It should be noted that Newton was heterodox in some respects, although it was not realized until the 20th century (Westfall 304). He believed in the primacy of Scripture, but questioned its inspiration in places and believed there were corruptions (Mandelbrote 284). He admitted the Mosaic account, but checked it against other ancient testimony (Westfall 139). In particular, he believed that one corruption was the trinitarian texts. He was Arian in belief and considered the worship of Christ to be idolatry. Because of his unorthodoxy, he would not take orders at Cambridge (Westfall 130). Probably for the same reason, he felt that religion should be more tolerant, although he himself was not very tolerant of the Roman Catholic Church (Mandelbrote 285, 287-288). Although at one time he was willing to surrender his fellowship rather than give up his unorthodox beliefs, later in life he cultivated orthodoxy (Westfall 302) and was more willing to compromise (Westfall 241). He would not take the sacraments before his death, but wanted no one to know (Westfall 310).
Newton’s science was closely related to his theology. In the General Scholium of his Principia, he states that its purpose was to establish the existence of God (Westfall 205 & 290; Clark 12; Brooke 169; Mandelbrote 292 & 300). It was to combat atheism (Mandelbrote 292), challenge the mechanical explanation, and point to the need for a wise and benevolent deity and an intelligent Creator (Harrison 27). He believed that the universe was governed by general, natural laws set up by God, but preserved by special providence, i.e., aided by supernatural acts (Harrison 27; Mandelbrote 290).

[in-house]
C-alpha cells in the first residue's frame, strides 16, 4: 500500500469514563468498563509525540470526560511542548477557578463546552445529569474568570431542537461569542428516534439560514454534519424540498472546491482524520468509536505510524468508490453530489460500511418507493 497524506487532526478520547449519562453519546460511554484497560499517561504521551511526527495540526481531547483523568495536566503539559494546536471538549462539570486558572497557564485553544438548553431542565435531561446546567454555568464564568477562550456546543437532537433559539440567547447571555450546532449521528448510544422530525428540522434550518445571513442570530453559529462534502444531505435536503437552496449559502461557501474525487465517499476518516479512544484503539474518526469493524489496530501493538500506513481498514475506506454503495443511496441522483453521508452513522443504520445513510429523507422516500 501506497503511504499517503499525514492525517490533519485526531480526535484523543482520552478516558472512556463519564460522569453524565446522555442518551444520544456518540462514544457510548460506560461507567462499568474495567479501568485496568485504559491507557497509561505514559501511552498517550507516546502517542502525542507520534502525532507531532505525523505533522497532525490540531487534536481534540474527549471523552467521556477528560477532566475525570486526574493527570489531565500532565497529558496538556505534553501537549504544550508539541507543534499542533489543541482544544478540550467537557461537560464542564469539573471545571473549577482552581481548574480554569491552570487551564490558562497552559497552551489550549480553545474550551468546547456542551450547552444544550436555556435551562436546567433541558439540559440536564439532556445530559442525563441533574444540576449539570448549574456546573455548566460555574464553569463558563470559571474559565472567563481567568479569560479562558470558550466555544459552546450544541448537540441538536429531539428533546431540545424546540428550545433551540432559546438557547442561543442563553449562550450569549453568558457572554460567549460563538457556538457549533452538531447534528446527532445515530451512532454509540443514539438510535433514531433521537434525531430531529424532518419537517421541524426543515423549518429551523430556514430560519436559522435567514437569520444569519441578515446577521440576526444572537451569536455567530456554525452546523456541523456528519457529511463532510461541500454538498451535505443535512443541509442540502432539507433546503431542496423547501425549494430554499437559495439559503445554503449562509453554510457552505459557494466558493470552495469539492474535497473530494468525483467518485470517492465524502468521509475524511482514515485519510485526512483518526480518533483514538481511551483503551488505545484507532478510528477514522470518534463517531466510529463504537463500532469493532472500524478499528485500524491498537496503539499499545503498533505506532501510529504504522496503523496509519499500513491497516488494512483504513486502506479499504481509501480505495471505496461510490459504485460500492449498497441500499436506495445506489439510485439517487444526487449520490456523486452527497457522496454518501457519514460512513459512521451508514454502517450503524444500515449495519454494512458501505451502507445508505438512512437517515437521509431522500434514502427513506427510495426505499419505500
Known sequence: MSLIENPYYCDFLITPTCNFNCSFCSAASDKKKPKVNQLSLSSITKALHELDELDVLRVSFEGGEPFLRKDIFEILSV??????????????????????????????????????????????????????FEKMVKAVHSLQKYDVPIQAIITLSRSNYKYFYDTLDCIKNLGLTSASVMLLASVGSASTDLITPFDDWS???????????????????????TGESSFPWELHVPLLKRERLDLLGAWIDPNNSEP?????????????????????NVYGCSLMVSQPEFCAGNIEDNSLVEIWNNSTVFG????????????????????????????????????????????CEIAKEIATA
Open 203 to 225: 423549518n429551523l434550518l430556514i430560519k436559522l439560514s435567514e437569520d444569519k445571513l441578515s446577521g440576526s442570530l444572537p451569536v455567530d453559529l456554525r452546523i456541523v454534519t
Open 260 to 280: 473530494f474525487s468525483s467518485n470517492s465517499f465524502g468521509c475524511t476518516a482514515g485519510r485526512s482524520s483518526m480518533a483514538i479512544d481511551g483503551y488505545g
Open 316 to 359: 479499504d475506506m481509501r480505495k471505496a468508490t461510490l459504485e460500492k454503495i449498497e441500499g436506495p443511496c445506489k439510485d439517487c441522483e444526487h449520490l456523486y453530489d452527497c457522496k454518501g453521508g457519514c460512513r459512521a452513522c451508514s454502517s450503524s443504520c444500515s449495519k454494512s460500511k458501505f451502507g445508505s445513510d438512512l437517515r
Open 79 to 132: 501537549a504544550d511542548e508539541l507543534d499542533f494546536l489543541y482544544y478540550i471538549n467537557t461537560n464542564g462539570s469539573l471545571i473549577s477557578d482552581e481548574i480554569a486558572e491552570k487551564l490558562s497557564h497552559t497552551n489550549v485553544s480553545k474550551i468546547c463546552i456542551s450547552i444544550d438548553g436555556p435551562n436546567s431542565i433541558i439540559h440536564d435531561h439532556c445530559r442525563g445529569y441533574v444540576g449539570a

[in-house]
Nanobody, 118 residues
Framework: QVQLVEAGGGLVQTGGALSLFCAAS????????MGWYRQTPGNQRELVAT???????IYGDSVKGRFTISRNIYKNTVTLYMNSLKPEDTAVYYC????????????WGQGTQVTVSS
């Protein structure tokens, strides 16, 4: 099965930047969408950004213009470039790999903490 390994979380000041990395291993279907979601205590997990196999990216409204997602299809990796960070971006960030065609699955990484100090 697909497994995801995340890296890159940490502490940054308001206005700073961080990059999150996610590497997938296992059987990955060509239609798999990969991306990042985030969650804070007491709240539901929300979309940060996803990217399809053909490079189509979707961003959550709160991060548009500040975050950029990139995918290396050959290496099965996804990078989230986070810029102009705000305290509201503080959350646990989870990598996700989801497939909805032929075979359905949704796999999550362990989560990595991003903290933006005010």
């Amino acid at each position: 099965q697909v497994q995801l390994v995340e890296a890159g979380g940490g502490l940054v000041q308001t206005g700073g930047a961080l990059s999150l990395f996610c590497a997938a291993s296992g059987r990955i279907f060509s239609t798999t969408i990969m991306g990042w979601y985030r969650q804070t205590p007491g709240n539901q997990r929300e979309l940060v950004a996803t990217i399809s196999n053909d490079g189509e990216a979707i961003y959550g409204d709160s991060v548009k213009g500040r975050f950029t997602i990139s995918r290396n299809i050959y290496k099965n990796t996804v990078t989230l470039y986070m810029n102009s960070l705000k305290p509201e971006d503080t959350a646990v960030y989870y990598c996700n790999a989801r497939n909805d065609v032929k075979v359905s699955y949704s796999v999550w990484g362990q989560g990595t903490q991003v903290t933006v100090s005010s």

Some historians have argued that science is opposed to revealed theology, but the example of Michael Faraday (1791-1867) suggests otherwise. He was a leading–arguably the leading–scientist of his generation. He is known for his pioneering work in electricity and magnetism, including the concept of electric fields and is honored by having the unit of capacitance named after him–the farad. He was also a fully committed Christian who based his religion on a literal interpretation of the Bible (Cantor 10). Faraday once told Ada, Countess of Lovelace, that he belonged to “a very small and despised sect of Christians, known, if known at all, as Sandemanians” (Cantor 34). He viewed his Sandemanian membership–its Christian beliefs, practices and fellowship–as more important than his career in science (Cantor 72).